“I just want to win,” Walker said while sitting courtside after shootaround. “Of course I can say, ‘Oh, I want to be an All-Star’ and things like that. But in order to do all those things, you have to win.” (READ MORE.)


In SLAM magazine on August 6, 2014 at 10:11 am
Photo courtesy of Getty Images/NBA

Photo courtesy of Getty Images/NBA

The Warriors and the Lakers traded baskets back and forth in an overtime NBA Summer League game in July. But the fast-paced game slowed down for Kiwi Gardner, the fresh-faced, 21-year-old point guard from Oakland who cracked Golden State’s roster after spending a year with the Warriors’ D-League affiliate in Santa Cruz.

Gardner stood up from the bench midway through and realized where he was. He saw the Lakers jerseys and the NBA logos. He saw Steve Kerr coaching on the sidelines and other legends watching in the stands.

This is what standing on an NBA court felt like; this is where he’s always wanted to be. And like any player on the outside looking in, uncertain when this moment will come again, Gardner tried to salvage every conversation or play around him.

“I feel so close but still I feel so far away. You know it’s right there,” Gardner says of the NBA. “I’m really looking to, you know, break in. Break in the door sometime soon.”

After playing a few minutes here and there throughout the summer, he exploded for seven points in a single minute of the Warriors’ final game against the Bucks.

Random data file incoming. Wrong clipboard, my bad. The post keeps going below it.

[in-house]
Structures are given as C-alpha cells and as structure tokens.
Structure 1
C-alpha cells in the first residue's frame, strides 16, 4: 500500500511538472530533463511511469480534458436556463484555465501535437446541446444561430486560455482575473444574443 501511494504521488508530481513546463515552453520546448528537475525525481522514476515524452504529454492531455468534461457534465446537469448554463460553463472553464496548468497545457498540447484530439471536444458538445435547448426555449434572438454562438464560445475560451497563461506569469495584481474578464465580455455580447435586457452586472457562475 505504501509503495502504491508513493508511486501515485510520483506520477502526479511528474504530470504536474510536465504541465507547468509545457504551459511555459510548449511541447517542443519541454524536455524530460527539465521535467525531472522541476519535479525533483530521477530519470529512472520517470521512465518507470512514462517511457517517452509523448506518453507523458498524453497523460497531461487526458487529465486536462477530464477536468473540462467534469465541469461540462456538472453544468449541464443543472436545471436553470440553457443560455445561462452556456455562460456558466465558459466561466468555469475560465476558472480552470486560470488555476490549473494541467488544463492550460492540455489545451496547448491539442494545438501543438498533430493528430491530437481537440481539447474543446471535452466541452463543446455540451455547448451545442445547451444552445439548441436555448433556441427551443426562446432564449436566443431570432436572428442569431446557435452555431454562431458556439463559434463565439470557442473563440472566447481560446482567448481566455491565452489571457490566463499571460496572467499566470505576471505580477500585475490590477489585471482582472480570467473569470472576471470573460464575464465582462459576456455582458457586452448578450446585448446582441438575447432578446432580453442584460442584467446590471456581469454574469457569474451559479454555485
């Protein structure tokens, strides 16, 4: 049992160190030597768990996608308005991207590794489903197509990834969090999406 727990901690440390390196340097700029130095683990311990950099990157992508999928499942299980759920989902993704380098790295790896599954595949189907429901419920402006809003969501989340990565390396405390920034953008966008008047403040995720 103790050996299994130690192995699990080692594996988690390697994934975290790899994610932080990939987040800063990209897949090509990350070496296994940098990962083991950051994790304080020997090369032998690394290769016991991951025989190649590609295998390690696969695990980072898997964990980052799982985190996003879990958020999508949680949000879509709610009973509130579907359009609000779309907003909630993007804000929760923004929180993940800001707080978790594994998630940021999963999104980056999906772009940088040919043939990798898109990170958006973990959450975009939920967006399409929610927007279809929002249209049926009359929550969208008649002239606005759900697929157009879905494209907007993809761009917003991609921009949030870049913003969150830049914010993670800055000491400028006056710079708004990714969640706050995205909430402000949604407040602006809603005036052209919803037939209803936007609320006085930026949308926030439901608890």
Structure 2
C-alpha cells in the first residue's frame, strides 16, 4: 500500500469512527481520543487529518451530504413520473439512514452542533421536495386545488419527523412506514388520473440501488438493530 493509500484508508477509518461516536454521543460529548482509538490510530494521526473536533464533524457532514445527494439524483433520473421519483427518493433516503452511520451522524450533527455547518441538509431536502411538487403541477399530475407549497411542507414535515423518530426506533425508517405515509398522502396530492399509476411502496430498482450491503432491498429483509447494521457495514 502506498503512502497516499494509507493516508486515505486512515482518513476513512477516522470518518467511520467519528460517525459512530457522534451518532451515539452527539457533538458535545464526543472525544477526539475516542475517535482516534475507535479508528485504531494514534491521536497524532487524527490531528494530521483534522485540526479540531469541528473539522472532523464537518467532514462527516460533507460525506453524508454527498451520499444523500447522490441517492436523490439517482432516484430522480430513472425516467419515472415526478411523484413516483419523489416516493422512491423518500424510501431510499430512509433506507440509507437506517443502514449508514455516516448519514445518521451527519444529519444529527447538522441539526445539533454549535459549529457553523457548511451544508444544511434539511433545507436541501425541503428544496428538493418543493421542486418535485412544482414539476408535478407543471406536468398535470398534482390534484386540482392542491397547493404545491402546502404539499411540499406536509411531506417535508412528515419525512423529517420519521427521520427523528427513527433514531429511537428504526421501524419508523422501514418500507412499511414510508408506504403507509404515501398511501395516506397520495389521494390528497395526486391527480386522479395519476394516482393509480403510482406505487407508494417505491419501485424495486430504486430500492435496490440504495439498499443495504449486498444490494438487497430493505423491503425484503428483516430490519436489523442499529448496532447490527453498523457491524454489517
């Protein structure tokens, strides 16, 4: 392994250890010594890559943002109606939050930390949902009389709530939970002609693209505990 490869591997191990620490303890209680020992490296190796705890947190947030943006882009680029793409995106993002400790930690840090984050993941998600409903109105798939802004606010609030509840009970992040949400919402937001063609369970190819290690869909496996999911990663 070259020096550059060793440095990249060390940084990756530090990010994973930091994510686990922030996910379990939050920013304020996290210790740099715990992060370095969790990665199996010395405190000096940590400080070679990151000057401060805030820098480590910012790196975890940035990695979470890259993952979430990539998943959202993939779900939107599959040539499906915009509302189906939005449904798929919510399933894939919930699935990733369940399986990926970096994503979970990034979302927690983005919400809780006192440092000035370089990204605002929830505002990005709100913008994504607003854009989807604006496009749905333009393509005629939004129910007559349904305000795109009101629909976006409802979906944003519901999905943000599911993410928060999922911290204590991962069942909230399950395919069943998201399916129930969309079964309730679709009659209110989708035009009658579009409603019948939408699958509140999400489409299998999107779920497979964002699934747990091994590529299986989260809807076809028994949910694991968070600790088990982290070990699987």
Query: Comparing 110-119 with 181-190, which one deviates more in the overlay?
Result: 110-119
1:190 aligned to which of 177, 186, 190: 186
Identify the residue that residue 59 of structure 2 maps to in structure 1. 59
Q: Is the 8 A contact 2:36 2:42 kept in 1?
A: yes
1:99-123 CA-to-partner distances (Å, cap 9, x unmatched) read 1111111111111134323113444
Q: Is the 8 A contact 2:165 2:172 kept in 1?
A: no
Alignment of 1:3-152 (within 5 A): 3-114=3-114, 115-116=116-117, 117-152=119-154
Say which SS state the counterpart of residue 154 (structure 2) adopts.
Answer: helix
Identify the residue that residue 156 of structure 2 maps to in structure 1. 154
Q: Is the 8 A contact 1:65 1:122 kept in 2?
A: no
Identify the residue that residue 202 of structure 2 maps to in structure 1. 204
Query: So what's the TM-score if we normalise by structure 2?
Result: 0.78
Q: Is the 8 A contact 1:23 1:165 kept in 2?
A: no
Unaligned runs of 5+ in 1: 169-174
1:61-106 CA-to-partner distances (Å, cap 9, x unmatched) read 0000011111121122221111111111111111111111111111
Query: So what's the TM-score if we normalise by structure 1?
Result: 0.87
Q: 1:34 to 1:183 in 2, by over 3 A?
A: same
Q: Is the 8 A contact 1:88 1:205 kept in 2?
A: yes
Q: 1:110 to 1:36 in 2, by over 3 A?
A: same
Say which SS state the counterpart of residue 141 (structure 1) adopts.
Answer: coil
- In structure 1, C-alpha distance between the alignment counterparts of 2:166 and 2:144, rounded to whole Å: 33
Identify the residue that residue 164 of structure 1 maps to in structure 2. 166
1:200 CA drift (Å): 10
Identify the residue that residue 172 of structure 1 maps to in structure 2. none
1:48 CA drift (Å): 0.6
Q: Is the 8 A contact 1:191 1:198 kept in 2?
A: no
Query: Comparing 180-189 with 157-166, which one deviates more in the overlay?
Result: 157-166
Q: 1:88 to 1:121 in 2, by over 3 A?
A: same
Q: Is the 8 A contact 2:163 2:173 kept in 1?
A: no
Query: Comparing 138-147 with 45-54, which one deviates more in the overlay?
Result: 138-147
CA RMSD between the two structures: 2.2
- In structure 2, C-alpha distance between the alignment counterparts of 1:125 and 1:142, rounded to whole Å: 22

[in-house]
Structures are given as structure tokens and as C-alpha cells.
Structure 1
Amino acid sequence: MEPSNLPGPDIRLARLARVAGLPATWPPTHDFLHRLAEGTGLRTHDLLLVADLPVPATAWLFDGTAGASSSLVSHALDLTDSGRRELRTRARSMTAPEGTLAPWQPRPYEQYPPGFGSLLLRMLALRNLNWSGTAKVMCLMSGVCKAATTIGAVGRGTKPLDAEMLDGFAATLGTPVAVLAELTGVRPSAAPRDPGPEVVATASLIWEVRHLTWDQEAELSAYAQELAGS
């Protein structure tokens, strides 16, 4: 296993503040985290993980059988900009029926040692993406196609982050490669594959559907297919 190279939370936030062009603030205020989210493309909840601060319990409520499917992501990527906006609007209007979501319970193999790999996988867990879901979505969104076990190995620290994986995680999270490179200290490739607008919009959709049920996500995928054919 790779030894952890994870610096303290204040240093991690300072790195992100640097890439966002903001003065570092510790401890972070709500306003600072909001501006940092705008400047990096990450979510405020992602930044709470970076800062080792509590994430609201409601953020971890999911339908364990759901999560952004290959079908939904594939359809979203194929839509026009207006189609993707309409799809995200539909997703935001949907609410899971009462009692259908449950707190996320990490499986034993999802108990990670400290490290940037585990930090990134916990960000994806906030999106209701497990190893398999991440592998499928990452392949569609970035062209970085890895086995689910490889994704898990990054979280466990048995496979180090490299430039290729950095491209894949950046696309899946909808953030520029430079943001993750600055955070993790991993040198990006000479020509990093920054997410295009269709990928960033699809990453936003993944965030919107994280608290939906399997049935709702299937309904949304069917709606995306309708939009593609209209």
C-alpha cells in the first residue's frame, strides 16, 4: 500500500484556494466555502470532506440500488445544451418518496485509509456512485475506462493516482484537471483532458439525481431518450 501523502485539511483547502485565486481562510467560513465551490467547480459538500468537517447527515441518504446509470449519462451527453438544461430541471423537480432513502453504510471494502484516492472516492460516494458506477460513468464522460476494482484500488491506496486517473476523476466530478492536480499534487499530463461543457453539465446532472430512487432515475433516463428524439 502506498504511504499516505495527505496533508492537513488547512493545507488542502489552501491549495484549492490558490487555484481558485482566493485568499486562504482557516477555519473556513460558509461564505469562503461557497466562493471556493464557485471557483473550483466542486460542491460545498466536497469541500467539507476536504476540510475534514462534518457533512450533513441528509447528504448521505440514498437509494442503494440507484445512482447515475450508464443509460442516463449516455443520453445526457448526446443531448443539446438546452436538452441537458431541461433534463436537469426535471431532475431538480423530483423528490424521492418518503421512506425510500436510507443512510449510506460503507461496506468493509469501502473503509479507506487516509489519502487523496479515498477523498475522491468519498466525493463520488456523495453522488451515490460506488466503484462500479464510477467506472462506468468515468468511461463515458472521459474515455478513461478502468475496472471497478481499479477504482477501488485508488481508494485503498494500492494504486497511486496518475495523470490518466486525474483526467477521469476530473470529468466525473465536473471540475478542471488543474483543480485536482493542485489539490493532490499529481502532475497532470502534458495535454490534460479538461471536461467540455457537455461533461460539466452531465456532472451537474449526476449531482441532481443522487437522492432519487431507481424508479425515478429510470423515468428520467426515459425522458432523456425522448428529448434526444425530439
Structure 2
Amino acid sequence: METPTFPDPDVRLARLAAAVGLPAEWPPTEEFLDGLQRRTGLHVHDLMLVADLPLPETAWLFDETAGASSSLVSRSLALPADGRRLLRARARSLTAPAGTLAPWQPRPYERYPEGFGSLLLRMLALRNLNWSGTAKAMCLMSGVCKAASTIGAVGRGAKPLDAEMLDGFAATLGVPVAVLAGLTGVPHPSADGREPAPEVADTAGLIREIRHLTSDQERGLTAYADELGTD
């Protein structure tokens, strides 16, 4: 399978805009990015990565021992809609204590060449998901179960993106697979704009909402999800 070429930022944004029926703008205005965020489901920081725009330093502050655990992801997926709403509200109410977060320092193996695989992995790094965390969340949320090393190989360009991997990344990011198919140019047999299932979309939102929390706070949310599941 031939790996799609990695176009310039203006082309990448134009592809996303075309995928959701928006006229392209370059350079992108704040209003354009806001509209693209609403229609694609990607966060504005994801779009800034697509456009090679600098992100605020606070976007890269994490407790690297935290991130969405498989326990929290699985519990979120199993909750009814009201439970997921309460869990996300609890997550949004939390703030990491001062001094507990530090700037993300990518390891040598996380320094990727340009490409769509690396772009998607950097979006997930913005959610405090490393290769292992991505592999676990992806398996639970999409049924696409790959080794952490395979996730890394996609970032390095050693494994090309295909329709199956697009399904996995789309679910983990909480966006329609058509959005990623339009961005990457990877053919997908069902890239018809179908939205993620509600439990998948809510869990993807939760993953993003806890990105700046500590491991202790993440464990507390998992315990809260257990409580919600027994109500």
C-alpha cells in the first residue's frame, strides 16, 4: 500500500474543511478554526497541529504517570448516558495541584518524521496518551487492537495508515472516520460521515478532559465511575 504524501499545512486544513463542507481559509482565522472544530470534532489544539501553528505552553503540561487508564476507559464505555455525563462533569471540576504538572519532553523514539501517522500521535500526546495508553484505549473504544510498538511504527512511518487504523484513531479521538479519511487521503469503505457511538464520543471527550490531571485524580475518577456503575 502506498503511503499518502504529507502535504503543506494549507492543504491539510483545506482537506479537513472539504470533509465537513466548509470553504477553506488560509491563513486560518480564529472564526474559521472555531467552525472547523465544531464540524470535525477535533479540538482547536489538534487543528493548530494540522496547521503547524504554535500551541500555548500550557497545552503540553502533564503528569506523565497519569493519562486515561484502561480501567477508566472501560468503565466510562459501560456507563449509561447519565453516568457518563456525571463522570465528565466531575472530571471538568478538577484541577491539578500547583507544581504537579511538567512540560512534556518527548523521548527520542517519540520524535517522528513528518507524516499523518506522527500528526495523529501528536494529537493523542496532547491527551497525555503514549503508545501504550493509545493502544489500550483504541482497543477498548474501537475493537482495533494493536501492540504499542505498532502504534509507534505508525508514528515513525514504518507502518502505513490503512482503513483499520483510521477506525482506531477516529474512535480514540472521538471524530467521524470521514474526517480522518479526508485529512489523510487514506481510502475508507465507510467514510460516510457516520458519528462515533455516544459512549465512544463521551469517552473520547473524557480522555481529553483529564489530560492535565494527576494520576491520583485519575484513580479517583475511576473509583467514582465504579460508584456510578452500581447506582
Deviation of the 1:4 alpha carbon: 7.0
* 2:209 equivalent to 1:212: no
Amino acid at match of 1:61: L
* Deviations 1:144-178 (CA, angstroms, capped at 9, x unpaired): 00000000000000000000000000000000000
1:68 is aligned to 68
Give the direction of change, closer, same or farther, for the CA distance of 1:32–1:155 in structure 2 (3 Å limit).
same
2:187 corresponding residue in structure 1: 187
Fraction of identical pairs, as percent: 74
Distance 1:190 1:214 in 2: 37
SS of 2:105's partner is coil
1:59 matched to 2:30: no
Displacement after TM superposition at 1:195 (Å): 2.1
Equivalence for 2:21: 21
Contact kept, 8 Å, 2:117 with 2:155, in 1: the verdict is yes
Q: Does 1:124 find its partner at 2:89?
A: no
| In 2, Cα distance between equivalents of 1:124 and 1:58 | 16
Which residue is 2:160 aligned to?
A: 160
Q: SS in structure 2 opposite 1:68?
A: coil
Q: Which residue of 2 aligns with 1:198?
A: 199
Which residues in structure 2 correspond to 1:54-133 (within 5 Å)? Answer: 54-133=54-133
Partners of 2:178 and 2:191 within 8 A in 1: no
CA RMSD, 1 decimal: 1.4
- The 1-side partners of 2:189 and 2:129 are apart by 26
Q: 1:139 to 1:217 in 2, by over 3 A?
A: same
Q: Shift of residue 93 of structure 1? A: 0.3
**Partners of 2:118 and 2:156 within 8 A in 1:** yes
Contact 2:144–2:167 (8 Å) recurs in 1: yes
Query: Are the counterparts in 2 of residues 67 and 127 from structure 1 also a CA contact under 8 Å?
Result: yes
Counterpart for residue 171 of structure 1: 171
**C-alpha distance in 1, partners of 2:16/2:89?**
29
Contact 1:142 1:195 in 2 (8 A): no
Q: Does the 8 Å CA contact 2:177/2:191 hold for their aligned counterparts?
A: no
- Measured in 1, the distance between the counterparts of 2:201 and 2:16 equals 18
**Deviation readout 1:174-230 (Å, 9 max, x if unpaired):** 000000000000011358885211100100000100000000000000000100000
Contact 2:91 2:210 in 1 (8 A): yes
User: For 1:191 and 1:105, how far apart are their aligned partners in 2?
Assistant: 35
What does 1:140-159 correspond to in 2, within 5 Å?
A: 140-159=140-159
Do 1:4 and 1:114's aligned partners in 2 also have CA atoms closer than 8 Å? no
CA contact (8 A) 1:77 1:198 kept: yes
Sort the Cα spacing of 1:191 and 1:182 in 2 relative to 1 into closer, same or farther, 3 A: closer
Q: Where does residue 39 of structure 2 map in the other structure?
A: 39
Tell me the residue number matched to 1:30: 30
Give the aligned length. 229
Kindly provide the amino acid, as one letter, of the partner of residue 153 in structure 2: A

Every minute counts for Gardner, who remembers the feeling of not having any. He remembers traveling to different cities to D-League tryouts last year.

With a hundred bucks for his entry fee in one hand, his NBA dream in the other, Gardner tried out for the Fort Wayne Mad Ants, Idaho Stampede, Bakersfield Jam, L.A. D-Fenders, Reno Bighorns and the Warriors.

Gardner, 5-7, had something to prove. He was known for his dazzling dribbling moves on YouTube, but had little college experience. He committed to play at Providence, but never gained eligibility to play. Then he transferred to a JC in Texas, Midland College, playing in just nine games before deciding to turn pro. Gardner was undrafted.

But everyone who paid their hundred bucks to get in the gym had their own back stories, too. None of it mattered anymore; everyone at D-League tryouts wanted the same thing: a chance.

“It’s hard to even get a real look in that kind of setting. In that situation, it’s hard to make the people that’s important, or make the people that’s looking, even know you exist,” Gardner says. “I was hanging on by a thread the whole time.”